Exclusive: Alan Ruck reflects Twister’s 25th anniversary and hectic filming
While chatting with the Succession for the upcoming Blu-ray release of the hit horror comedy FreakyComingSoon.net looked back with Alan Ruck on his work on Jan de Bont’s successful disaster adventure Twister on its 25th anniversary and its notoriously hectic production. Click here to buy digitally Freaky!
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Filmed on location in Oklahoma, the technically powerful set by Twister was fraught with problems during its five months of filming, from various paraphrases during the first two weeks of production to weather and taxation costs for its actors and crew.
Ruck, who previously worked with de Bont on his acclaimed directorial debut speed Two years ago, despite some of these problems, he happily looks back on the production and even laughs at the memory that the catchphrase used by the former cameraman on set was “F *** ing Hell Shit!” Throughout the shoot.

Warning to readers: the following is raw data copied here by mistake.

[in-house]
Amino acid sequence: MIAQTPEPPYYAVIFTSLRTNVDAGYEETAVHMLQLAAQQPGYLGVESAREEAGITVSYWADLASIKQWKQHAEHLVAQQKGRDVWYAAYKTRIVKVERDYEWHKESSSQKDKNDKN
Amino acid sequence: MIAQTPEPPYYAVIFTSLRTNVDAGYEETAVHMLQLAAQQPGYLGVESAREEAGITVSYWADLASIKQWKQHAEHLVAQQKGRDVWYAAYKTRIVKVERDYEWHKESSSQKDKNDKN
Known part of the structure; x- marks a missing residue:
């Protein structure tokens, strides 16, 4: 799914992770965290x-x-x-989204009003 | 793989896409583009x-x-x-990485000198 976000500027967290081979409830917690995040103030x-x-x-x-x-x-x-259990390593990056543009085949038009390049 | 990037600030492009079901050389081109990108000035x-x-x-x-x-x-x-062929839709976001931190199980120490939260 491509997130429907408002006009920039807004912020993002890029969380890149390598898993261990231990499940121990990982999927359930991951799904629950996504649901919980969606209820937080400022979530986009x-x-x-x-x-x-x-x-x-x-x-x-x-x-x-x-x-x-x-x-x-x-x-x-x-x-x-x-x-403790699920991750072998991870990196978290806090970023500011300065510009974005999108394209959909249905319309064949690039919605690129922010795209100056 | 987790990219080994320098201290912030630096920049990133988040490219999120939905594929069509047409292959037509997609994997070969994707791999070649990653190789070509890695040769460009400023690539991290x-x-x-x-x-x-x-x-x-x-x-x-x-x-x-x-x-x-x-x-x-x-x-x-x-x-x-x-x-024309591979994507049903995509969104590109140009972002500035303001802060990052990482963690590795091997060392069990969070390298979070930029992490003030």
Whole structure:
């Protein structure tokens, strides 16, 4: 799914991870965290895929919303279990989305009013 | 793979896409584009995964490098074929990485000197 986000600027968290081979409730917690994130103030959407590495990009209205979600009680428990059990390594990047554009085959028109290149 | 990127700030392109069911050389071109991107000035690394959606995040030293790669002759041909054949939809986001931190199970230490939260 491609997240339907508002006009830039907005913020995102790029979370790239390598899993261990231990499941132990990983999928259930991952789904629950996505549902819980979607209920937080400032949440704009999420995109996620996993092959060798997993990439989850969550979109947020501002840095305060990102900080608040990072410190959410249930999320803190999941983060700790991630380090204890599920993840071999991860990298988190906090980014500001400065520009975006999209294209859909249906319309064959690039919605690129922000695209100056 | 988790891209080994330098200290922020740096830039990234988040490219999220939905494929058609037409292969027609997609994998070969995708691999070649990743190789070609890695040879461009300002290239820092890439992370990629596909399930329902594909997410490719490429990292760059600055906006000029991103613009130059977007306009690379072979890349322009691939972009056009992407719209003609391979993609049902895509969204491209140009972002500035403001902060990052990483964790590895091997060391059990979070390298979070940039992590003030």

“He demanded, but everyone was so behind him that the entire crew was behind him because it looked like, ‘Wow, one of us made it over the line, baby,” said Ruck, warmly recalling the production with Keanu Reeves . “A cameraman shot a picture, so the camera team was just great and we had a lot of fun. We had 12 different buses. It was crazy, we had the 105 freeway all to ourselves before it opened to the public and it was an exciting job. So then, Twister come in and Jan, I came in to read for it, but Jan had just decided I was going to be in this movie, so I’m glad to go, you know? He’s been under a lot of pressure from bigger people than himself in this picture and he’s had tough times because he’s a cameraman and the original cameraman was a guy called Don Burgess who is a wonderful, talented guy but is not like Jan at all. Don makes his own storyboards, he makes his own shot lists, he plans everything down to the last detail. Jan says, “Let’s shoot from the hip, baby.” He says, “No, no, no, no, no.” Sometimes he steps in and says, “I’m going to operate. I will serve this shot. ‘ You know? That’s just who he is. So there was a clash of personalities and it didn’t go well at all. At some point Jan made someone angry and Don just said, “That’s it.” He brought his entire crew back to LA. “
Click here to rent or buy the adventure blockbuster directed by Bill Paxton and Helen Hunt!